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Heavenly Heli-skiing in British Columbia

Half a century after helicopters first transported daredevil recreational skiers high into the mountains of British Columbia, heli-skiing is still the ultimate alpine rush for many.
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Half a century after helicopters first transported daredevil recreational skiers high into the mountains of British Columbia, heli-skiing is still the ultimate alpine rush for many. Today, over 90% of heli-skiing operations call the immense ranges of the Canadian Rockies home, which pretty much makes Canada the sport's undisputed world capital.

One of those operations is TLH Heliskiing, a boutique outfit based out of Tyax Wilderness Resort & Spa, two hundred miles north of Vancouver in the heart of the South Chilcotin Mountain Range.

Rising from a high plateau, cool dry air meets the storms of the Pacific here, resulting in a deep, buttery-smooth snowpack that's consistently drier than what's found on the west side of the Coast Mountains. Boasting an average annual snowfall of 15-80 feet across a range that spans over 830,000 acres - from rolling slopes to steep chutes to beautifully treed glades - this is prime heli-ski country.

Especially right after a major powder dump.


Catching a lift on TLH's Bell 212 chopper ferrying guests in from nearby Pemberton, I manage to just beat an early March snowstorm rolling across the interior from the nearby Pacific. That night and the next day my fellow heli-skiers and I can do nothing but watch from the comfy lounge of Western Canada's largest log lodge as the world outside is engulfed in swirling white.

The Swiss clients stoically sip their lagers by the huge stone fireplace. The lone German lingers at the dinner table, peppering the guides with technical questions. None have ever heli-skied before. If they are anxious about tackling the legendary Canadian wilderness for the first time they don't show it.

Until the next morning.

Subzero tempest over, we get the green light and are soon packed into our bird, soaring over snowcapped peaks, massive glaciers and evergreen forests heaving with fresh pow. Tight Euro smiles and clenched jaws betray my companions' mounting anxiety. Piling out on a windy slope, we sink waist deep into the softest, fluffiest of champagne sweetness, then struggle to kick into our fat skies before setting off down a beautifully gladed run, carving graceful S-turns in the snow.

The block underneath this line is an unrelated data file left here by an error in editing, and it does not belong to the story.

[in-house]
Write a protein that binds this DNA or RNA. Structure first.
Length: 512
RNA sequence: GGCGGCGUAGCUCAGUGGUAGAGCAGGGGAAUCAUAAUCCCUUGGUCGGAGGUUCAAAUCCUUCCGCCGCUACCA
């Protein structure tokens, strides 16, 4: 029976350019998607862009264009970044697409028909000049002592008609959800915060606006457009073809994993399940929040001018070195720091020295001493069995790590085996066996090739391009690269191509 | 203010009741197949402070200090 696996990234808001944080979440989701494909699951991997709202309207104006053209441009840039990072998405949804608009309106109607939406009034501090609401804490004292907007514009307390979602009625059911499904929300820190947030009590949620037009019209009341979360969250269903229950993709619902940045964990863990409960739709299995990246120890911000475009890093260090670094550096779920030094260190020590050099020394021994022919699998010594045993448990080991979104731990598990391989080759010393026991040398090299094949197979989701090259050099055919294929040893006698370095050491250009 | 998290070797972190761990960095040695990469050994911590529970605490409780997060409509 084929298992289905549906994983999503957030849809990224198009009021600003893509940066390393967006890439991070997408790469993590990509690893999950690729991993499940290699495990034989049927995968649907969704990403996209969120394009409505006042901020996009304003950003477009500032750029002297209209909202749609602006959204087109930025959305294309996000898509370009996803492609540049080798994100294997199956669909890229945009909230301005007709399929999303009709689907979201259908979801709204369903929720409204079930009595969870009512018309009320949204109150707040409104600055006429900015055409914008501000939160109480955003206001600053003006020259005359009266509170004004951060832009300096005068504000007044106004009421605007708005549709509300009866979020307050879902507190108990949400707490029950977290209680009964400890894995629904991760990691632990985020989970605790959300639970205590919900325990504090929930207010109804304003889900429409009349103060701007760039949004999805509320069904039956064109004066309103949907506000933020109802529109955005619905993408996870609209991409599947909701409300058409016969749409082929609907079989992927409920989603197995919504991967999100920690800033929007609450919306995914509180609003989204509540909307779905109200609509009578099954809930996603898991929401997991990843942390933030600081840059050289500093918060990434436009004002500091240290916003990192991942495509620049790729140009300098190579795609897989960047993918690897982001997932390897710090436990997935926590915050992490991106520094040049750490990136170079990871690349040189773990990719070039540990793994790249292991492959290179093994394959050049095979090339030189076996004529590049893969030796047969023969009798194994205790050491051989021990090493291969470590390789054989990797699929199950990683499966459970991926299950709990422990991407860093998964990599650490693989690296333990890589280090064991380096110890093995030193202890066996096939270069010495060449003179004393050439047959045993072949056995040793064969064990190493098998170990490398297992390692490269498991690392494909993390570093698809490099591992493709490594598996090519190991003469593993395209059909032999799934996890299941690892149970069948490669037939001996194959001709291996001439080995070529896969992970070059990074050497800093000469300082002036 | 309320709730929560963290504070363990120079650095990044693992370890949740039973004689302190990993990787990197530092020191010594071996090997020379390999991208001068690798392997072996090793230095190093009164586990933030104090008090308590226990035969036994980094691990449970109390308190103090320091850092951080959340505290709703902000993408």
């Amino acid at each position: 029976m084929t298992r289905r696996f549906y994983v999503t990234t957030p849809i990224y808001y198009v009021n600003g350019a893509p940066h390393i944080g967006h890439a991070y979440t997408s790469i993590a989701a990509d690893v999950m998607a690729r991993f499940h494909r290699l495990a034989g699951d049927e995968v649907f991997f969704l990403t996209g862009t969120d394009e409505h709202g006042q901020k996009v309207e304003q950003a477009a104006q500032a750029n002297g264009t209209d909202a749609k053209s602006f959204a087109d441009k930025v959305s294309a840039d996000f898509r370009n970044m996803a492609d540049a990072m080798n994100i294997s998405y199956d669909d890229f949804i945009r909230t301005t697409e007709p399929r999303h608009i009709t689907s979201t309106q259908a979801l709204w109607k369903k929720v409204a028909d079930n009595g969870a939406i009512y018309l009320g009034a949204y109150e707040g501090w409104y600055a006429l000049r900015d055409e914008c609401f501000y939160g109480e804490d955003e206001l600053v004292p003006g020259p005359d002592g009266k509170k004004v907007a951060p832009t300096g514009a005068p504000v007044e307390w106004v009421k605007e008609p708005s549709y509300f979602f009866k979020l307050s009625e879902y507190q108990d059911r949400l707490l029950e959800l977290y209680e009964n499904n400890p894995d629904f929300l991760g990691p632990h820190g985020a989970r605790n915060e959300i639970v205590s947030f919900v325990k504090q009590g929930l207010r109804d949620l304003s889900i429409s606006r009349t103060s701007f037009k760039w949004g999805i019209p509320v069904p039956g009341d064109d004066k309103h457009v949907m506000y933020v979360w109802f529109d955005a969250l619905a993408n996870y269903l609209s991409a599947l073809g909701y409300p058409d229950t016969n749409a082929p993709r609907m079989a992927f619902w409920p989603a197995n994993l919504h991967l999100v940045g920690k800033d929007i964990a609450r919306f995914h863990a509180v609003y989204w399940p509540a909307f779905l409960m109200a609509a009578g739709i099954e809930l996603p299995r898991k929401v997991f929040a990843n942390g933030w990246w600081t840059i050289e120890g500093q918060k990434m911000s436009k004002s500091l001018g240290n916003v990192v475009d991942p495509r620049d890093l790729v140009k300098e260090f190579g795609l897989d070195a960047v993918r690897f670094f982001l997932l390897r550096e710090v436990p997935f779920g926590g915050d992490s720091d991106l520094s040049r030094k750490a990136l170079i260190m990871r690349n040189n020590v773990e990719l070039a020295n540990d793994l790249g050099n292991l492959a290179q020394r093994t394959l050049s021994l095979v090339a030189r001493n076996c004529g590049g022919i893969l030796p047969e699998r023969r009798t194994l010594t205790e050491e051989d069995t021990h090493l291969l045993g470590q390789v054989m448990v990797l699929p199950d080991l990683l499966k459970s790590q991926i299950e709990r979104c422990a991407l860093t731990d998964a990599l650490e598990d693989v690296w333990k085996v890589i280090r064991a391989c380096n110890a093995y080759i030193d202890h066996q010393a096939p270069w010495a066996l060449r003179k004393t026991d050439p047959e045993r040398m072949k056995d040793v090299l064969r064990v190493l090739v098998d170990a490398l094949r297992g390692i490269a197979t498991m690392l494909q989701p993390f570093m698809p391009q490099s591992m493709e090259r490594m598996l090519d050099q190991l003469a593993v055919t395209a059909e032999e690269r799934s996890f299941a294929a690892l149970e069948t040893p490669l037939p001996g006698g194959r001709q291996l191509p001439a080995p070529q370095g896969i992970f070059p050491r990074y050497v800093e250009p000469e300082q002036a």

All day and the next we have our own Bell 212 at our exclusive disposal, like an airborne limousine and driver. One group per helicopter is standard with TLH, which also includes unlimited vertical in all of their packages. That means we get all the skiing we can handle, every day, with no extra billing no matter how many turns we carve. On that first day alone we manage twelve runs, some nearly three thousand feet long - an eternity by ski resort standards.

By the end of day one the Europeans are loosening up, clearly delighted - not to mention awed - by their first taste of Canadian wilderness skiing. Our seasoned guides have led us down some moderately technical gladed terrain, avoiding the high alpine until the snows settle, the visibility improves and the avalanche risk up on the glaciers reaches acceptable levels.


Day two is absolutely off the charts fantastic. Quite possibly one of the top ten days of my entire life. A perfect bluebird day for the ages - sun-drenched, calm and hovering just a few degrees below freezing. The glistening South Chilcotin glaciers, their smooth, mile-wide faces resembling the sides of giant angel food cakes, await our skis' signatures.

Run after glorious run we ski them in near balletic formation, the powder so fresh and dry and deep and pure you want to roar with primal joy that you are actually here, sailing on a sea of white without a chairlift in sight.

This is the stuff that powder dreams of made of. Heavenly heli-skiing in my own backyard.


Getting there
TLH is one of the closest heli-skiing operations to a major international airport. Guests can choose to fly directly to the lodge from Vancouver, arrive via helicopter from Pemberton Airport, a three-hour drive north of Vancouver, and just half an hour from Whistler, or take a chartered bus from Vancouver or Whistler. Transfers from Vancouver are included with all packages. Additional transfers may also be arranged. Because of its proximity to Whistler, a heli-ski adventure at Tyax Resort can also be easily combined with a stay at North America's largest snowsports resort.

Canada's largest log-built lodge, 29-room Tyax Wilderness Resort & Spa offers spacious, comfortable accommodations in a pristine backcountry setting.

Heli-skiing in British Columbia's South Chilcotin Range